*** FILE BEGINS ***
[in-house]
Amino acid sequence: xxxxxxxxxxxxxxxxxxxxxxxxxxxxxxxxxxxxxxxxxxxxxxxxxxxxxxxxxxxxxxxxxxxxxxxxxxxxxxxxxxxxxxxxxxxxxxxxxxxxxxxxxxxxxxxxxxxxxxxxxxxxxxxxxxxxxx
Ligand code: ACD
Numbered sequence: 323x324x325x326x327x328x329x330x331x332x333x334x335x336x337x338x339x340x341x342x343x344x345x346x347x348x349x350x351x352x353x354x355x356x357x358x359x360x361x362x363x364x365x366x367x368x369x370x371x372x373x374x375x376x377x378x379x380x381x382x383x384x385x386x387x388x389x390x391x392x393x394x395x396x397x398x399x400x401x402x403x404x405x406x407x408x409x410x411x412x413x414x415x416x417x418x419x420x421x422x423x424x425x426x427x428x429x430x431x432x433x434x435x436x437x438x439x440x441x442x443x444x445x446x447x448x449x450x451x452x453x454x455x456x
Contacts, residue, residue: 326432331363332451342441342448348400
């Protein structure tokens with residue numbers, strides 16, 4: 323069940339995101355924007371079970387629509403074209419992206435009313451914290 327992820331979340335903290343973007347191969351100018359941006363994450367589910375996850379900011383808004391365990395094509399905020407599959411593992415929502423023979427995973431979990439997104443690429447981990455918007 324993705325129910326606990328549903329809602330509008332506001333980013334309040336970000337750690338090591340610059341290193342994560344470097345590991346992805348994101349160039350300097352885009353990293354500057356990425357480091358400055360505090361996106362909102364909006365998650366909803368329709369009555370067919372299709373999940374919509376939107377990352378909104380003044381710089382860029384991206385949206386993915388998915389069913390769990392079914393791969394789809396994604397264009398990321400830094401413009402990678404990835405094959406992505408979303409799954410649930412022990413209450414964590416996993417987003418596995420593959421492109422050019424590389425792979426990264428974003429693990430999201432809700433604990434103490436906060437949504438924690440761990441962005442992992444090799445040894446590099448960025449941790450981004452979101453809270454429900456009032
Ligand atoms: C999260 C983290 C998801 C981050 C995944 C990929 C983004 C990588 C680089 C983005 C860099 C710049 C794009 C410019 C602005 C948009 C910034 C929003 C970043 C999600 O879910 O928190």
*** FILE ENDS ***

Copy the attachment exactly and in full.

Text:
[in-house]
Amino acid sequence: xxxxxxxxxxxxxxxxxxxxxxxxxxxxxxxxxxxxxxxxxxxxxxxxxxxxxxxxxxxxxxxxxxxxxxxxxxxxxxxxxxxxxxxxxxxxxxxxxxxxxxxxxxxxxxxxxxxxxxxxxxxxxxxxxxxxxx
Ligand code: ACD
Numbered sequence: 323x324x325x326x327x328x329x330x331x332x333x334x335x336x337x338x339x340x341x342x343x344x345x346x347x348x349x350x351x352x353x354x355x356x357x358x359x360x361x362x363x364x365x366x367x368x369x370x371x372x373x374x375x376x377x378x379x380x381x382x383x384x385x386x387x388x389x390x391x392x393x394x395x396x397x398x399x400x401x402x403x404x405x406x407x408x409x410x411x412x413x414x415x416x417x418x419x420x421x422x423x424x425x426x427x428x429x430x431x432x433x434x435x436x437x438x439x440x441x442x443x444x445x446x447x448x449x450x451x452x453x454x455x456x
Contacts, residue, residue: 326432331363332451342441342448348400
């Protein structure tokens with residue numbers, strides 16, 4: 323069940339995101355924007371079970387629509403074209419992206435009313451914290 327992820331979340335903290343973007347191969351100018359941006363994450367589910375996850379900011383808004391365990395094509399905020407599959411593992415929502423023979427995973431979990439997104443690429447981990455918007 324993705325129910326606990328549903329809602330509008332506001333980013334309040336970000337750690338090591340610059341290193342994560344470097345590991346992805348994101349160039350300097352885009353990293354500057356990425357480091358400055360505090361996106362909102364909006365998650366909803368329709369009555370067919372299709373999940374919509376939107377990352378909104380003044381710089382860029384991206385949206386993915388998915389069913390769990392079914393791969394789809396994604397264009398990321400830094401413009402990678404990835405094959406992505408979303409799954410649930412022990413209450414964590416996993417987003418596995420593959421492109422050019424590389425792979426990264428974003429693990430999201432809700433604990434103490436906060437949504438924690440761990441962005442992992444090799445040894446590099448960025449941790450981004452979101453809270454429900456009032
Ligand atoms: C999260 C983290 C998801 C981050 C995944 C990929 C983004 C990588 C680089 C983005 C860099 C710049 C794009 C410019 C602005 C948009 C910034 C929003 C970043 C999600 O879910 O928190």